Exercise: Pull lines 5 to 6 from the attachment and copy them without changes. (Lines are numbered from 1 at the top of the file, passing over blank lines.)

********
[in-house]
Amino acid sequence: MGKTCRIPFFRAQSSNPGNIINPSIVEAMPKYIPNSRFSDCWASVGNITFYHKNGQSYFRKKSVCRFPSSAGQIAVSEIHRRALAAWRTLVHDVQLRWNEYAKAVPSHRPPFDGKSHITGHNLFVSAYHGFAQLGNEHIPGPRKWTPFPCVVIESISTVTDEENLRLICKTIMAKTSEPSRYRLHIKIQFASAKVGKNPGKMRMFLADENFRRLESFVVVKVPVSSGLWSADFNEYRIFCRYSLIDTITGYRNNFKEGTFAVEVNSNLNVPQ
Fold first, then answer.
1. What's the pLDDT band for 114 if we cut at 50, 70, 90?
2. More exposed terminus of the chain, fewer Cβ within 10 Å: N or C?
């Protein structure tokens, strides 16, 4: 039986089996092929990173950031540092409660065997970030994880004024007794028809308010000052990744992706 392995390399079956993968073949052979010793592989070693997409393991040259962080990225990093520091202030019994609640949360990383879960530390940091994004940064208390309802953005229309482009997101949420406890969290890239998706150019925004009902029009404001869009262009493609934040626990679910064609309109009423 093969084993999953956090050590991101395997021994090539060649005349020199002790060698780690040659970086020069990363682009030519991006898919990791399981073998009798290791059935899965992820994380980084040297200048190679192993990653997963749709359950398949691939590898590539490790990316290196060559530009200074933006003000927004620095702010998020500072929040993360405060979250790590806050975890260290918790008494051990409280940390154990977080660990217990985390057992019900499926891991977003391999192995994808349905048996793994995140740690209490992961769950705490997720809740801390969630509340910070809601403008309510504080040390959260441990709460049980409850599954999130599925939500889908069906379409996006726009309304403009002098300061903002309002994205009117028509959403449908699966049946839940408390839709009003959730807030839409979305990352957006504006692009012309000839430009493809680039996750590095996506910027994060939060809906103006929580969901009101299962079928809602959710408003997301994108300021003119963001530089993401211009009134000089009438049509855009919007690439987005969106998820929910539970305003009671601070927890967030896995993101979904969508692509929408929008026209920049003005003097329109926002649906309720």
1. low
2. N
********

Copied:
2. More exposed terminus of the chain, fewer Cβ within 10 Å: N or C?
């Protein structure tokens, strides 16, 4: 039986089996092929990173950031540092409660065997970030994880004024007794028809308010000052990744992706 392995390399079956993968073949052979010793592989070693997409393991040259962080990225990093520091202030019994609640949360990383879960530390940091994004940064208390309802953005229309482009997101949420406890969290890239998706150019925004009902029009404001869009262009493609934040626990679910064609309109009423 093969084993999953956090050590991101395997021994090539060649005349020199002790060698780690040659970086020069990363682009030519991006898919990791399981073998009798290791059935899965992820994380980084040297200048190679192993990653997963749709359950398949691939590898590539490790990316290196060559530009200074933006003000927004620095702010998020500072929040993360405060979250790590806050975890260290918790008494051990409280940390154990977080660990217990985390057992019900499926891991977003391999192995994808349905048996793994995140740690209490992961769950705490997720809740801390969630509340910070809601403008309510504080040390959260441990709460049980409850599954999130599925939500889908069906379409996006726009309304403009002098300061903002309002994205009117028509959403449908699966049946839940408390839709009003959730807030839409979305990352957006504006692009012309000839430009493809680039996750590095996506910027994060939060809906103006929580969901009101299962079928809602959710408003997301994108300021003119963001530089993401211009009134000089009438049509855009919007690439987005969106998820929910539970305003009671601070927890967030896995993101979904969508692509929408929008026209920049003005003097329109926002649906309720």